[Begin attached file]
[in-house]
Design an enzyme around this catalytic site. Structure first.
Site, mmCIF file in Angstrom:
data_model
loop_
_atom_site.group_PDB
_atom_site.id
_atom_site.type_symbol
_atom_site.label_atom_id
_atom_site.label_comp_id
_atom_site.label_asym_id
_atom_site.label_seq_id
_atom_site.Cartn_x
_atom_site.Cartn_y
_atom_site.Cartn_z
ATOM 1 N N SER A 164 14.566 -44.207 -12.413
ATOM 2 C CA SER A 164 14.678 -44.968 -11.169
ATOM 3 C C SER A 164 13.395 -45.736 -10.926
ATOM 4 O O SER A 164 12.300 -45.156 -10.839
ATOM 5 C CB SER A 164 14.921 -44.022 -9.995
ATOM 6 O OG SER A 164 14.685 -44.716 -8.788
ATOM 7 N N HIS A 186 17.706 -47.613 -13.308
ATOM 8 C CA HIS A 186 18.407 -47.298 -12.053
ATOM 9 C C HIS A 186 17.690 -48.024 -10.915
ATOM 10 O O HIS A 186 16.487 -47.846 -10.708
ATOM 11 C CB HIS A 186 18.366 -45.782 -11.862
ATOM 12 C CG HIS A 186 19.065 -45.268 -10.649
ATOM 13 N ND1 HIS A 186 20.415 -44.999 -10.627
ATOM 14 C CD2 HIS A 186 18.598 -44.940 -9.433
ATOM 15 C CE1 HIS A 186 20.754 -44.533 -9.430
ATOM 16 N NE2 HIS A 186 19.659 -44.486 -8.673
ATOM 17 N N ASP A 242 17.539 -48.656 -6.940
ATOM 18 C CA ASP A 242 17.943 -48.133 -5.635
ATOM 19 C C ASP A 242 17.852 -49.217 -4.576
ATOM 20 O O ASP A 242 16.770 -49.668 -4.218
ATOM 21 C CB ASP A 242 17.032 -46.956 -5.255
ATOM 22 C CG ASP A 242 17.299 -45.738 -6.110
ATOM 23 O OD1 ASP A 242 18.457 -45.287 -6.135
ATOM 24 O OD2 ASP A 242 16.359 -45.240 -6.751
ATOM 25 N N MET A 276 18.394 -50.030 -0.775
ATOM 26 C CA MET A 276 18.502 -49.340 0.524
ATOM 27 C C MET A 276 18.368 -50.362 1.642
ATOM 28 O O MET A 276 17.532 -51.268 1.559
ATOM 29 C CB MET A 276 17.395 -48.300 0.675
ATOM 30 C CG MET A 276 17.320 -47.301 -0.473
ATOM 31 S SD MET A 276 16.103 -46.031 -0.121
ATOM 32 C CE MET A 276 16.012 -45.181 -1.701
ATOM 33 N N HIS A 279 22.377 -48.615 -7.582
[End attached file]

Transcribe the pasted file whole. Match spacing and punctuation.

[in-house]
Design an enzyme around this catalytic site. Structure first.
Site, mmCIF file in Angstrom:
data_model
loop_
_atom_site.group_PDB
_atom_site.id
_atom_site.type_symbol
_atom_site.label_atom_id
_atom_site.label_comp_id
_atom_site.label_asym_id
_atom_site.label_seq_id
_atom_site.Cartn_x
_atom_site.Cartn_y
_atom_site.Cartn_z
ATOM 1 N N SER A 164 14.566 -44.207 -12.413
ATOM 2 C CA SER A 164 14.678 -44.968 -11.169
ATOM 3 C C SER A 164 13.395 -45.736 -10.926
ATOM 4 O O SER A 164 12.300 -45.156 -10.839
ATOM 5 C CB SER A 164 14.921 -44.022 -9.995
ATOM 6 O OG SER A 164 14.685 -44.716 -8.788
ATOM 7 N N HIS A 186 17.706 -47.613 -13.308
ATOM 8 C CA HIS A 186 18.407 -47.298 -12.053
ATOM 9 C C HIS A 186 17.690 -48.024 -10.915
ATOM 10 O O HIS A 186 16.487 -47.846 -10.708
ATOM 11 C CB HIS A 186 18.366 -45.782 -11.862
ATOM 12 C CG HIS A 186 19.065 -45.268 -10.649
ATOM 13 N ND1 HIS A 186 20.415 -44.999 -10.627
ATOM 14 C CD2 HIS A 186 18.598 -44.940 -9.433
ATOM 15 C CE1 HIS A 186 20.754 -44.533 -9.430
ATOM 16 N NE2 HIS A 186 19.659 -44.486 -8.673
ATOM 17 N N ASP A 242 17.539 -48.656 -6.940
ATOM 18 C CA ASP A 242 17.943 -48.133 -5.635
ATOM 19 C C ASP A 242 17.852 -49.217 -4.576
ATOM 20 O O ASP A 242 16.770 -49.668 -4.218
ATOM 21 C CB ASP A 242 17.032 -46.956 -5.255
ATOM 22 C CG ASP A 242 17.299 -45.738 -6.110
ATOM 23 O OD1 ASP A 242 18.457 -45.287 -6.135
ATOM 24 O OD2 ASP A 242 16.359 -45.240 -6.751
ATOM 25 N N MET A 276 18.394 -50.030 -0.775
ATOM 26 C CA MET A 276 18.502 -49.340 0.524
ATOM 27 C C MET A 276 18.368 -50.362 1.642
ATOM 28 O O MET A 276 17.532 -51.268 1.559
ATOM 29 C CB MET A 276 17.395 -48.300 0.675
ATOM 30 C CG MET A 276 17.320 -47.301 -0.473
ATOM 31 S SD MET A 276 16.103 -46.031 -0.121
ATOM 32 C CE MET A 276 16.012 -45.181 -1.701
ATOM 33 N N HIS A 279 22.377 -48.615 -7.582